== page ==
India sat up in the hammock and put his head in the hands. Not out of upset, but to try and stop the swaying, and get to grips with the situation. He wasn’t quite ready to stand up, fearing he might instantly fall on his face.

He’d tried to leave Mexico Island several times in his life, each time without success. He’d stowed away on ships and either been caught and flogged, or he’d bottled it and took off, flushed with the thrill and fear of getting that far. Last year he’d stayed until they’d weighed anchor and were out in the bay, before being discovered by the bosun. They’d shouted at him and rowed him back to the docks. He’d been thankful for it, as he’d felt a little sick from the whole deal, completely out of his depth as it were. No matter how often he might think of himself as an adventurer or a pirate, truth was he was still just a kid, and he’d lived his own life in a tiny patch of a much wider world.

That was the last time he’d got anywhere, for Mrs Wayles had stepped in, letting it be known to all sailors of Eyeless and Maiden both, that nobody was to give passage to India Bones or else. Even the roughest of sailors had no desire to get on the wrong end of one of Mrs Wayles’s Or Elses, and so India found himself shipblocked as soon as he approached any one of the gangways. Even when he’d gathered enough coin for legal passage, he was turned away.

‘You’re just a babe,’ Mrs Wayles had said. ‘You think you can take on the whole world but you just can’t. Suppose the ship took you and deposited you someplace. Someplace civil even, like Kingston. Then what? How you gonna be feeding yourself? Where will you sleep? The world won’t just turn over on account of your dreams, India. It’ll master you afore you master it. Is that what your father would have wanted? Maybe one day, when you’re all grown up, and when you’re no longer under my care, you can follow in his footsteps. But right now, you just stay here and stay away from those damn docks.’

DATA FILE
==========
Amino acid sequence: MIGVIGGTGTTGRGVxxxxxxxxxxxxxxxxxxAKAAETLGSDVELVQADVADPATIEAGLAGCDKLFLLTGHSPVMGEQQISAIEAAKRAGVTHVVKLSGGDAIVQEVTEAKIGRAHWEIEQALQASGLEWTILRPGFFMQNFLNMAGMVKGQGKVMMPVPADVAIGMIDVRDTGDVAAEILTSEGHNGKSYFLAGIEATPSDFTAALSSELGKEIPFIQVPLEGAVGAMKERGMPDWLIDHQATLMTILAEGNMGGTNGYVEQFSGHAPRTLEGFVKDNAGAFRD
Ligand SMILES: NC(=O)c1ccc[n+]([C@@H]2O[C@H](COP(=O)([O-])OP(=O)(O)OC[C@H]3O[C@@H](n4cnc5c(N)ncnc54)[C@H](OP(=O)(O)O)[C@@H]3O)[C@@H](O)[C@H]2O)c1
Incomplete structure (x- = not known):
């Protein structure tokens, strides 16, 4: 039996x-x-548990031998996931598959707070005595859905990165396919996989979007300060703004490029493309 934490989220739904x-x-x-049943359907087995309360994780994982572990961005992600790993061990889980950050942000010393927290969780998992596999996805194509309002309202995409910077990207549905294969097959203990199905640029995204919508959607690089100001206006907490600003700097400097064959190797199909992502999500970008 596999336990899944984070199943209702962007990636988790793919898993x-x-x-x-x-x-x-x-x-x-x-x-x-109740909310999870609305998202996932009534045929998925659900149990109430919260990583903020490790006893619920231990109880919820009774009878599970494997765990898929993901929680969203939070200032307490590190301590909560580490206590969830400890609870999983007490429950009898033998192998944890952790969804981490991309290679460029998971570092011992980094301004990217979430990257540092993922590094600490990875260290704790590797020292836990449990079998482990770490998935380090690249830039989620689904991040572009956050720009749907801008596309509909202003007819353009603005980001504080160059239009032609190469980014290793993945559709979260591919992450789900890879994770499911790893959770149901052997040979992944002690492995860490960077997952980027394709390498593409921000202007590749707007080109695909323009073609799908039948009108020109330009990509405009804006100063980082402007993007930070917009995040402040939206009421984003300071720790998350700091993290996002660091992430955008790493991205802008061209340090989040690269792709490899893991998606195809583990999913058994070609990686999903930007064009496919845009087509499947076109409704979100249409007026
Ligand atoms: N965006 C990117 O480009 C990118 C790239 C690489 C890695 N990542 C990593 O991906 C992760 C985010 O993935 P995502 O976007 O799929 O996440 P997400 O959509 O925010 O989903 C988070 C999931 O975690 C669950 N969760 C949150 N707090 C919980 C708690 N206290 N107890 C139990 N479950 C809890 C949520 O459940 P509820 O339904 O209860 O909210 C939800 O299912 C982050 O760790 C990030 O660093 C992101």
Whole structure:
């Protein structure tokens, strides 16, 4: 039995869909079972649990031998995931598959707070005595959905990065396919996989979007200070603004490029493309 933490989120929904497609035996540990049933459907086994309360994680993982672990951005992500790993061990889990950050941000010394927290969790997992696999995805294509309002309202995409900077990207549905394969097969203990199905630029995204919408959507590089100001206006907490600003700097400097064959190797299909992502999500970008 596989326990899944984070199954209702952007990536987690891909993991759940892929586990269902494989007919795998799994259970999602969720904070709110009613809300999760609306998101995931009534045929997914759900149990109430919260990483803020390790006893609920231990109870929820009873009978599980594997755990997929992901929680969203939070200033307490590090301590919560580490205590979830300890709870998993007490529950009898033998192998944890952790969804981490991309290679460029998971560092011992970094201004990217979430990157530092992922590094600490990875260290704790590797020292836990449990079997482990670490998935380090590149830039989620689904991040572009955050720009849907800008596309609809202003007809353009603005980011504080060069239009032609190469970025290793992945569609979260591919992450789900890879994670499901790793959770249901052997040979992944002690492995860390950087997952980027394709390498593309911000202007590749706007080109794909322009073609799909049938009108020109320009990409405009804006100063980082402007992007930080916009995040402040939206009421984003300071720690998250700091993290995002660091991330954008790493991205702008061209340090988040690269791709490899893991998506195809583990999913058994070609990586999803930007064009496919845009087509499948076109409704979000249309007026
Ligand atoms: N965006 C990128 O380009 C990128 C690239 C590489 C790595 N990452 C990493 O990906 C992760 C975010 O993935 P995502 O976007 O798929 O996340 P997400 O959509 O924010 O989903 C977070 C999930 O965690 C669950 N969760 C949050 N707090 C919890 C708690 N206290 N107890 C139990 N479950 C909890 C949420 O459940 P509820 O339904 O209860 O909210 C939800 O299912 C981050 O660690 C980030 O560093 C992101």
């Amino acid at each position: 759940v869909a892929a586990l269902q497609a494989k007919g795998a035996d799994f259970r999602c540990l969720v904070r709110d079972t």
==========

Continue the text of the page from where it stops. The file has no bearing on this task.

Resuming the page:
And so he’d slunk off, undecided whether to scowl or feel sorry for himself, so he’d done a bit of both.

One day.

He’d never much had the patience for reading – he didn’t want to read about things, he wanted to see and experience them for himself – but year after year he’d trace his finger over maps, looking at all the places he wanted to visit, places he knew so little about but fired his imagination with their strange, foreign names and promises of mystery and adventure.

The Caribbean formed the centre of the map, and was rich with opportunities. East of Mexico Island were popular places such as Kingston and J’maika, Colorado and the fabled Indiana, with its capital ‘City of Gold’ that he was named after. Not to mention pirate haven Tortugal, home to the giant mountain of Nassar (that India would one day climb). Kingston was the Caribbean hub, ruled from afar by York, and so frequently on the wrong side of pirates. The joke was that it was called such because everybody there acted like kings, they were that pompous and arrogant.

York was on the Continent, which lay to the north of the Caribbean, and as large (and self-important) as the country and its neighbour Bordeaux were compared to the Caribbean islands, they were dwarfed still by the other lands of the Continent: China, the Harem Empire, and the vast Khan Wastes to their east.

Then there were all the other places in the world any self-respecting adventurer would long to explore. Countries little written about, and some almost entirely unknown in India’s part of the world. The cluster of a thousand tiny islands and networked waterways that was Asia. The sprawling countries of Afrika and Barbary, and the great temples and sphynxes of Gyptia. The deep jungles of Amazonia, and the rolling grasslands and mountain ranges of Zealand to the far south. Maybe even the Northern and Southern Icelands, if he could wrap up well enough for them (he had the feeling that he wouldn’t know what cold really was until he went there).

One day.

And now, here he was, on the Ship of the Dead, with a skeleton crew, and on open water.

No turning back, that’s what Grimmer had told him. No turning back.

India tried to quell the ache within him, but he felt his thirteen years of age keenly, and he had to take a hard grip of the hammock support to steady himself.

He only took his fingers away when he became aware of them hurting, and looking at his fingertips he saw they’d been pressed white.